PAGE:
Wednesday, September 4, 2019

A Comprehensive Study of the Satellite Radio Industry: :: essays research papers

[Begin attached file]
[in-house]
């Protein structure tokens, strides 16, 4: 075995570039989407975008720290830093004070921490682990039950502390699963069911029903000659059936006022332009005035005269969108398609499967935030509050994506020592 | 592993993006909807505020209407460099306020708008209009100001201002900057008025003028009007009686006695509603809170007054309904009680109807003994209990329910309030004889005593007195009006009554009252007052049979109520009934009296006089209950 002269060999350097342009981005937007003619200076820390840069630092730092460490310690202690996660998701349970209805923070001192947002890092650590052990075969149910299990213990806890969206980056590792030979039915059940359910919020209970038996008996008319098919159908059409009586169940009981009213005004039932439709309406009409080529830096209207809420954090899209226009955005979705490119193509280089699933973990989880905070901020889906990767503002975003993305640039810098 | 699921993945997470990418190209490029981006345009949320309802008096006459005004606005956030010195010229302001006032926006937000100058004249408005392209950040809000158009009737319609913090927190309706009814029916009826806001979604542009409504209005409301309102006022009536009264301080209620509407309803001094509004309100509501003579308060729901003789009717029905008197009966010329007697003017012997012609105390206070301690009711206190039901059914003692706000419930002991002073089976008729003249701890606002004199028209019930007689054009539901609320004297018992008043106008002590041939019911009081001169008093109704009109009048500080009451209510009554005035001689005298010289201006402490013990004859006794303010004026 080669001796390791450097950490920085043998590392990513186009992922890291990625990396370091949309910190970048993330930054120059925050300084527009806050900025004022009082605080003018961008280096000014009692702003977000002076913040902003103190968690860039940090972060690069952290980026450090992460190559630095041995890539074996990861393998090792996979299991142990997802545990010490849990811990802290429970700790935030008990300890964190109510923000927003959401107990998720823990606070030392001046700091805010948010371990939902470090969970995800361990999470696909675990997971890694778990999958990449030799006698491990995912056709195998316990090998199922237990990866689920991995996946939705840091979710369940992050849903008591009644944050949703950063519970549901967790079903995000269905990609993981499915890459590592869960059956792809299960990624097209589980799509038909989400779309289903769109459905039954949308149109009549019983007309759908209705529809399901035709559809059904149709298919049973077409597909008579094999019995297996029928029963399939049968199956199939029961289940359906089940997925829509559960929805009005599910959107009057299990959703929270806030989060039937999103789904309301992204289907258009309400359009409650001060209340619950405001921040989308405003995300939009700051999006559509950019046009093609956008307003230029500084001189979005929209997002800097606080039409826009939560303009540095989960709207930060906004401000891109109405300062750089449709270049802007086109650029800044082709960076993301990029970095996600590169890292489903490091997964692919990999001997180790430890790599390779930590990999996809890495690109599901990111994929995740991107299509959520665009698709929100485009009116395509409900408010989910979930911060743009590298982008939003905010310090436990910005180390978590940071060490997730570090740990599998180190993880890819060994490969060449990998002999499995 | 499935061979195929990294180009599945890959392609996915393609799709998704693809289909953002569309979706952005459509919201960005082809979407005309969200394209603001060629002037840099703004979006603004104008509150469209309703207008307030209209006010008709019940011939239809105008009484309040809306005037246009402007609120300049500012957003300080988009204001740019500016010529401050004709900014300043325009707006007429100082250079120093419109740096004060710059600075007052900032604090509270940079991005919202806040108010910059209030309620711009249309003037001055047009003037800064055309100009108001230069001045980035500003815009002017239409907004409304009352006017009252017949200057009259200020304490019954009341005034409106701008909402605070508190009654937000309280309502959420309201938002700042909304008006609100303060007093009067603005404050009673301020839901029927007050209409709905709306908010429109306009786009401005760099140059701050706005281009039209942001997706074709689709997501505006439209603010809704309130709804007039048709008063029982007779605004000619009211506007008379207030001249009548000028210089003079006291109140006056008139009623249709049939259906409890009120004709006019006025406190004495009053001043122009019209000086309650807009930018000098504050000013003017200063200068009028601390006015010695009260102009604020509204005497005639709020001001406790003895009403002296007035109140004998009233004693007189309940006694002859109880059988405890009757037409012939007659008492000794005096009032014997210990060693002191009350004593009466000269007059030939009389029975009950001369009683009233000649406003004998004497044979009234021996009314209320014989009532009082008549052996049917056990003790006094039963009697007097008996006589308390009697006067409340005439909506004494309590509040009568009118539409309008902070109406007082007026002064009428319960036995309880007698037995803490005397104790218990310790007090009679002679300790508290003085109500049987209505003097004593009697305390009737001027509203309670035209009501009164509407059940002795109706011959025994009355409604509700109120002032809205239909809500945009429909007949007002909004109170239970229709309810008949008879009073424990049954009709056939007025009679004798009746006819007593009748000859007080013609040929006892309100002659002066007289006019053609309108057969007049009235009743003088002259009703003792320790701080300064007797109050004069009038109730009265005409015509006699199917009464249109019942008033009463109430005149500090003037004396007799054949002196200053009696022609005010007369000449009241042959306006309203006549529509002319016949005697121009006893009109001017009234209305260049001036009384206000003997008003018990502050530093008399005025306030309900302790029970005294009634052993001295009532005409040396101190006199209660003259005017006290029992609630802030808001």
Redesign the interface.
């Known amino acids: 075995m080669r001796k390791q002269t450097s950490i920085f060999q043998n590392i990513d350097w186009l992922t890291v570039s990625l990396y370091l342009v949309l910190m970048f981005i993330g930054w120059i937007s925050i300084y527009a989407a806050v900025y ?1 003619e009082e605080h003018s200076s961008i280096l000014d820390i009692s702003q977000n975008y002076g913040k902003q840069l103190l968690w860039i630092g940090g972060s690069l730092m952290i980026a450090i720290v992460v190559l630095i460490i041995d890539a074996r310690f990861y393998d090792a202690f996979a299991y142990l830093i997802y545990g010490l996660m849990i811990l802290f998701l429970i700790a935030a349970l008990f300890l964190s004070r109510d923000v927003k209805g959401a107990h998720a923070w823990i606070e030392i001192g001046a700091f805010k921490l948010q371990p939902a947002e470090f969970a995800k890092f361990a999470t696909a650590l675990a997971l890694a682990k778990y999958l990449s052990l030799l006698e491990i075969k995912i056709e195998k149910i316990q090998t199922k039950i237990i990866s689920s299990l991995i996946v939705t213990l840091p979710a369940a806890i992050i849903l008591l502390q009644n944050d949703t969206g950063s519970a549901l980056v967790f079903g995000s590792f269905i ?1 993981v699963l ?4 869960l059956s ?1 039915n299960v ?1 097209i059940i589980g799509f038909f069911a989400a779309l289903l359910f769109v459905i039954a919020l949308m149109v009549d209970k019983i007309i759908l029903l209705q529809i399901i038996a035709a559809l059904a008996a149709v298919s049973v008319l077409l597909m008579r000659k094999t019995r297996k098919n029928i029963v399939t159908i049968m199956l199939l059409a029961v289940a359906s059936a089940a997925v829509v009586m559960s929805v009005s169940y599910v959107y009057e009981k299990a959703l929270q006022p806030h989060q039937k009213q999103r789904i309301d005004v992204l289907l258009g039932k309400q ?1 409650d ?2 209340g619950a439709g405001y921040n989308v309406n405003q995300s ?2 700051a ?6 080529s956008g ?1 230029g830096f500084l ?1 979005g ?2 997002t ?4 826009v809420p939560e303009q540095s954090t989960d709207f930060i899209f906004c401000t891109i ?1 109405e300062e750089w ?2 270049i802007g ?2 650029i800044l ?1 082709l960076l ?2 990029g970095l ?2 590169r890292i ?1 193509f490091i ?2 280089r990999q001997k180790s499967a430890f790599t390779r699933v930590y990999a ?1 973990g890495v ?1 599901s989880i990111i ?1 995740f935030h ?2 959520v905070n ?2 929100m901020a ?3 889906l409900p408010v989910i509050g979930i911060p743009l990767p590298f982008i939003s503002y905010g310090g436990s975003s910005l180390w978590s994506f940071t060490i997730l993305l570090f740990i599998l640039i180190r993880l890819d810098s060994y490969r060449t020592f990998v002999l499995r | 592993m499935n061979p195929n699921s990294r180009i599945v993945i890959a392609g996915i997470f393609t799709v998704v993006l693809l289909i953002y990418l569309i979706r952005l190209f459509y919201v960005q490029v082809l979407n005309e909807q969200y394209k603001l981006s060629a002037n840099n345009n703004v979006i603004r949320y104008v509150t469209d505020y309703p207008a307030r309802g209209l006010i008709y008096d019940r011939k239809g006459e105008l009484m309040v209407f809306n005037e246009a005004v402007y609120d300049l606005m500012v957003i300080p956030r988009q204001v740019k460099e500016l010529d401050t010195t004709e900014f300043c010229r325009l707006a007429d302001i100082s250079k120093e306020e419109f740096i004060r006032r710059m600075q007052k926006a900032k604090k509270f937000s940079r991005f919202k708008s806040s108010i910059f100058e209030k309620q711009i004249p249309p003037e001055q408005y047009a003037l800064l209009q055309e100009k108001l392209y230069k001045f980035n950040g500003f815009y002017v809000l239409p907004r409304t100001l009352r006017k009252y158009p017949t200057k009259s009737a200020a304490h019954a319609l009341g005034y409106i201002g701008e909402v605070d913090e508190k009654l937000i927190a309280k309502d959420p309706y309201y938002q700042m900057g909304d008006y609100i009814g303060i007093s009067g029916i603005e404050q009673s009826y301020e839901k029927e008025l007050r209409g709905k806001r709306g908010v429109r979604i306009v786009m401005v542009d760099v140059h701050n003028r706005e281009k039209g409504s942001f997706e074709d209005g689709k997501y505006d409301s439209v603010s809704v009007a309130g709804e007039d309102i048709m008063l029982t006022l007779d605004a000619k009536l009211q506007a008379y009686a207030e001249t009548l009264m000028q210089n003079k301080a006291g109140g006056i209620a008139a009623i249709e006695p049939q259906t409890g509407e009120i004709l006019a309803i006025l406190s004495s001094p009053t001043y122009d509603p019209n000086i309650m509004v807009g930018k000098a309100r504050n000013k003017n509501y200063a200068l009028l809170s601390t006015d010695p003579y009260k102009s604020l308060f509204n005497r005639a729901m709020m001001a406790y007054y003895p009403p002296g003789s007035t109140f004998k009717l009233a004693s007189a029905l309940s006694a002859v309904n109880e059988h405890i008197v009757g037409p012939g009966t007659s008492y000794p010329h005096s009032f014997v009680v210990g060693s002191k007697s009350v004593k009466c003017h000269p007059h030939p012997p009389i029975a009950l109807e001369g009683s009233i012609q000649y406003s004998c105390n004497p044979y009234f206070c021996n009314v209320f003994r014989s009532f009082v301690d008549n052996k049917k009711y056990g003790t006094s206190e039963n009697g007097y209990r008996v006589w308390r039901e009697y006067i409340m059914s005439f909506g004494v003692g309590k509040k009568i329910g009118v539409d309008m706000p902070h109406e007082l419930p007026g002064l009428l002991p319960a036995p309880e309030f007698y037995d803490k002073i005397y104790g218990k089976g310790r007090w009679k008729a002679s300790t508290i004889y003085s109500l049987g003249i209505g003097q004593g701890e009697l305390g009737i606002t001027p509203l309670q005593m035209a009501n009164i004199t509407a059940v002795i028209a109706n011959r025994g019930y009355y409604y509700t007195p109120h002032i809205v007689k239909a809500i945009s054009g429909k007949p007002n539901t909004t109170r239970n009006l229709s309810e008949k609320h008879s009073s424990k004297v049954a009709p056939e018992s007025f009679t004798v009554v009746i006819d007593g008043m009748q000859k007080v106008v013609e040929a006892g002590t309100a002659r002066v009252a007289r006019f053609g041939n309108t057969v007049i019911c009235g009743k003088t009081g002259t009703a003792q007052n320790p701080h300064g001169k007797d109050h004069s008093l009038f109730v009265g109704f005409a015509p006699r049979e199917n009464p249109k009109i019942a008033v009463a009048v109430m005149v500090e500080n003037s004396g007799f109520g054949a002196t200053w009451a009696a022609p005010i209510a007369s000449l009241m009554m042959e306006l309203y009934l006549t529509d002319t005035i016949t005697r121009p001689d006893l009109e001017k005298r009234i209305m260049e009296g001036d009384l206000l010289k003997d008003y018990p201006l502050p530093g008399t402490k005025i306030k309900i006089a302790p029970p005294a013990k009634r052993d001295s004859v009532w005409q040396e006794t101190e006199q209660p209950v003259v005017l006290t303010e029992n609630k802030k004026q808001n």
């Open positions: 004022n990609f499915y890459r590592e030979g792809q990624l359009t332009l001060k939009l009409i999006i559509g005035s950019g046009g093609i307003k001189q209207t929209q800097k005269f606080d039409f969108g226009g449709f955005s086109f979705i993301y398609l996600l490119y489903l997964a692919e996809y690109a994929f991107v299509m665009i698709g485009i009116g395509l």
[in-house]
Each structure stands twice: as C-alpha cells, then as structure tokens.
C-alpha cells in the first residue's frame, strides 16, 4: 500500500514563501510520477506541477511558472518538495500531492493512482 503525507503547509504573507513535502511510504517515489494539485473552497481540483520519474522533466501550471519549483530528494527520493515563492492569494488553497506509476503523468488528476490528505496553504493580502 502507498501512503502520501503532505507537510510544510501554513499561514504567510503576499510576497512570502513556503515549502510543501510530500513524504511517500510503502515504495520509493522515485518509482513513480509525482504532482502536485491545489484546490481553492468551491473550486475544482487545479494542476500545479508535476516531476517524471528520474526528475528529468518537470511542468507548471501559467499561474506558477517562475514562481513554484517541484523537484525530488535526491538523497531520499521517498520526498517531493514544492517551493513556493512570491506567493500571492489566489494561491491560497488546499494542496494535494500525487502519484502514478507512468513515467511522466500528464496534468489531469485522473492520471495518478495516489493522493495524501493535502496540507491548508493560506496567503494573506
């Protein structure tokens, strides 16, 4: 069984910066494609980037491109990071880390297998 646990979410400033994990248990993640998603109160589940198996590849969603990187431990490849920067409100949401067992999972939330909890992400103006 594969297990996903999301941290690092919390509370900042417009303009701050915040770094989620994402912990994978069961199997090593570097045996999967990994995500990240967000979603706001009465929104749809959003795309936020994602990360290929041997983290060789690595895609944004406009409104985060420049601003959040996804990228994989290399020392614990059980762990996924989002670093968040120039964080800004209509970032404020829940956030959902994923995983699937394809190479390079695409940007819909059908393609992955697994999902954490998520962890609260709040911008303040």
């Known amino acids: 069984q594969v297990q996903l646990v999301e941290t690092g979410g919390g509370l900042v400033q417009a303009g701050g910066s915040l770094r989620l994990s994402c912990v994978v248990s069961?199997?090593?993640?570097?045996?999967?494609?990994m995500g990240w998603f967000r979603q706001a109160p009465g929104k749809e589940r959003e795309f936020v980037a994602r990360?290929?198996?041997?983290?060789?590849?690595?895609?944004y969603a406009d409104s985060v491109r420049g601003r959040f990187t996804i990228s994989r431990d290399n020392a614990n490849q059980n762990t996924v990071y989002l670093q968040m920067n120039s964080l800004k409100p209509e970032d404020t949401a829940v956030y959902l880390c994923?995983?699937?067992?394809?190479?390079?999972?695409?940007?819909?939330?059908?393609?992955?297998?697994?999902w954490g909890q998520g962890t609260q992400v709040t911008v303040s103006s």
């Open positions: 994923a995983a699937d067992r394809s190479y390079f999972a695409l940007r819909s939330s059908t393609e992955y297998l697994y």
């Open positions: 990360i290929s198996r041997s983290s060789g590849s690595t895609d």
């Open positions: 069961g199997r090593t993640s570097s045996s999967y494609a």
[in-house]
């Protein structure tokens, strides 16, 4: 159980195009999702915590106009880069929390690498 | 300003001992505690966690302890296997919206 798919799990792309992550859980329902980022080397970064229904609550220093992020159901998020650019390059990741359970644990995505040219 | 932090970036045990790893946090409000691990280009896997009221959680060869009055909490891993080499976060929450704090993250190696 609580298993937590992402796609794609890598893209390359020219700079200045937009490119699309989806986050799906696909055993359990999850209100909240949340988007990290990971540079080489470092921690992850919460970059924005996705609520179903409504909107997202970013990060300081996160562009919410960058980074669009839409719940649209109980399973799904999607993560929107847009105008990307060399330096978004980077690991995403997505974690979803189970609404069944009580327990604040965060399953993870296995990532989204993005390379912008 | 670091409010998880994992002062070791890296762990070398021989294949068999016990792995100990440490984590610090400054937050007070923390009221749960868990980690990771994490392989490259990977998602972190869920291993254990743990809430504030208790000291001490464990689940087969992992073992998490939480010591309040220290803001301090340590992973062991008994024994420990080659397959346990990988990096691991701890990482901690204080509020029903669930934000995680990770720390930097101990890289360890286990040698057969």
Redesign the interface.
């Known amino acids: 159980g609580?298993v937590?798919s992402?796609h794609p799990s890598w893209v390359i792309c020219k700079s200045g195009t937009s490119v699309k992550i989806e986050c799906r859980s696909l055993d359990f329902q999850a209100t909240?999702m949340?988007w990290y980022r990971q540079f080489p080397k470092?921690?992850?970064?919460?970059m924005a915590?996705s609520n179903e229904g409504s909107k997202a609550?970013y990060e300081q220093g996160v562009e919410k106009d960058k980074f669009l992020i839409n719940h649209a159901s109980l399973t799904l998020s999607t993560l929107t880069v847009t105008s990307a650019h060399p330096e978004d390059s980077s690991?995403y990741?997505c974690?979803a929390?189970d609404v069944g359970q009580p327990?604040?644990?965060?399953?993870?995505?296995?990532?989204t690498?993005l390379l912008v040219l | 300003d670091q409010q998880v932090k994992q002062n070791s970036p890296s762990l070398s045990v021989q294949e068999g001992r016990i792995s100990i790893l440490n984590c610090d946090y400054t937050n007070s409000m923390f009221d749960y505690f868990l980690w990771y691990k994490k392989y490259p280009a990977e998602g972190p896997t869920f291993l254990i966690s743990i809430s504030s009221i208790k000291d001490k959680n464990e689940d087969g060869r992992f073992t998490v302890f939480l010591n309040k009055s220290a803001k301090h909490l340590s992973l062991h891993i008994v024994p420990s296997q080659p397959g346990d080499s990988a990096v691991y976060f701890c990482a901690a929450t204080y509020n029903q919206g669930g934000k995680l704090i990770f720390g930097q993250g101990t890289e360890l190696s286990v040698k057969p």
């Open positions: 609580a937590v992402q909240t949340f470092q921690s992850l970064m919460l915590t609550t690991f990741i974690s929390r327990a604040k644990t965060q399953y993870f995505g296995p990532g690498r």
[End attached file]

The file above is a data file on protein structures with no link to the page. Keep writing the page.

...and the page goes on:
INTRODUCTION   Ã‚  Ã‚  Ã‚  Ã‚  Would people be willing to pay $12.50/month for commercial free radio beamed right to their car or home. Well two companies and many big investors are betting about $3 billion dollars that people are willing to do just that. In 1997, the Federal Communication Commission (FCC) granted a portion of the S-band spectrum for satellite radio and two companies purchased use of these bands and started the only two companies competing in the satellite radio business today, namely Sirius and XM. Analysts like William Kidd of CE Unterberg Towpin, predict satellite radio will generate about $10 billion a year in revenues by 2007 (McClean, 2001). However, to date neither of these companies has earned a dime. According to industry analyst though, â€Å"its not whether satellite radio will take off-rather it’s a matter of how fast.† (Helyar, 2004). Despite lofty predictions, satellite radio has some big issues to overcome before it becomes a serious threat to the $ 19.6 billion per year terrestrial radio industry. The article that appeared in Fortune entitled â€Å"Radio’s Stern Challenge† by John Helyar discusses Sirius’ marketing strategy to not only take market share from the entrenched and free terrestrial radio industry but also to beat its only competitor, XM. The Fortune article presents how a fat and lazy radio industry has failed to react to an eroding listening base and an increasing number of competing technologies. Issues like lack of attention to programming, no on-air talent, and an increase of 166% in the time devoted to commercials have driven listeners away from radio. Teens aged 12-17 spend 11% less time listening to radio compared to five years ago and adults 18-24 spend 13% less time compared to five years ago (Helyar, 2004). The article further discusses that terrestrial radio has much to fear from competing technologies like satellite radio, streaming digital radio on the Internet, and Apple’s iPod. What terrestrial radio does have in its favor is that it’s free compared to any of the current competing technologies like satellite radio. However, satellite radio is banking on a commercial free format to steal listeners away from terrestrial radio. Sirius offers 65 commercial free channels of music and 55 news, sports and talk stations. And the one thing that satellite has over its less lofty competitor is that you can’t loose the signal as you drive across America. The two major competitors for the satellite radio listeners are Sirius and XM.

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